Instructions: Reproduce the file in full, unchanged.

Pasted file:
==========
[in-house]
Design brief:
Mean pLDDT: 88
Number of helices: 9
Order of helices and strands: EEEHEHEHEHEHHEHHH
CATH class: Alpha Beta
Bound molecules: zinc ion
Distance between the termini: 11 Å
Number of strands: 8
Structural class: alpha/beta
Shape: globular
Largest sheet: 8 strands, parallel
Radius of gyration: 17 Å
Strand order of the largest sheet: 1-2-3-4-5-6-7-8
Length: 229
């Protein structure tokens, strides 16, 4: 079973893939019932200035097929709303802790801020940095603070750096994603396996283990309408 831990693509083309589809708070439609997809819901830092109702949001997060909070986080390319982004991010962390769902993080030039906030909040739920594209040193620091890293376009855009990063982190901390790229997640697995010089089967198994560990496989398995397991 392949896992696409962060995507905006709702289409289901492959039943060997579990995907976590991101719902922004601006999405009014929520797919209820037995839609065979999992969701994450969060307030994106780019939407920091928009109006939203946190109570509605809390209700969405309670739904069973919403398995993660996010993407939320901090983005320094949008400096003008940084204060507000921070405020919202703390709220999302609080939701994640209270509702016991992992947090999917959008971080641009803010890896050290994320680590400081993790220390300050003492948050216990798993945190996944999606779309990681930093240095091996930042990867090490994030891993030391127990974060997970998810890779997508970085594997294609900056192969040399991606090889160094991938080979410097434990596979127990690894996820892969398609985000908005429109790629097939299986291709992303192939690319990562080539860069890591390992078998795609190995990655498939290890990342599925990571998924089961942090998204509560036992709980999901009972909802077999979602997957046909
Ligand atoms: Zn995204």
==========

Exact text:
[in-house]
Design brief:
Mean pLDDT: 88
Number of helices: 9
Order of helices and strands: EEEHEHEHEHEHHEHHH
CATH class: Alpha Beta
Bound molecules: zinc ion
Distance between the termini: 11 Å
Number of strands: 8
Structural class: alpha/beta
Shape: globular
Largest sheet: 8 strands, parallel
Radius of gyration: 17 Å
Strand order of the largest sheet: 1-2-3-4-5-6-7-8
Length: 229
């Protein structure tokens, strides 16, 4: 079973893939019932200035097929709303802790801020940095603070750096994603396996283990309408 831990693509083309589809708070439609997809819901830092109702949001997060909070986080390319982004991010962390769902993080030039906030909040739920594209040193620091890293376009855009990063982190901390790229997640697995010089089967198994560990496989398995397991 392949896992696409962060995507905006709702289409289901492959039943060997579990995907976590991101719902922004601006999405009014929520797919209820037995839609065979999992969701994450969060307030994106780019939407920091928009109006939203946190109570509605809390209700969405309670739904069973919403398995993660996010993407939320901090983005320094949008400096003008940084204060507000921070405020919202703390709220999302609080939701994640209270509702016991992992947090999917959008971080641009803010890896050290994320680590400081993790220390300050003492948050216990798993945190996944999606779309990681930093240095091996930042990867090490994030891993030391127990974060997970998810890779997508970085594997294609900056192969040399991606090889160094991938080979410097434990596979127990690894996820892969398609985000908005429109790629097939299986291709992303192939690319990562080539860069890591390992078998795609190995990655498939290890990342599925990571998924089961942090998204509560036992709980999901009972909802077999979602997957046909
Ligand atoms: Zn995204």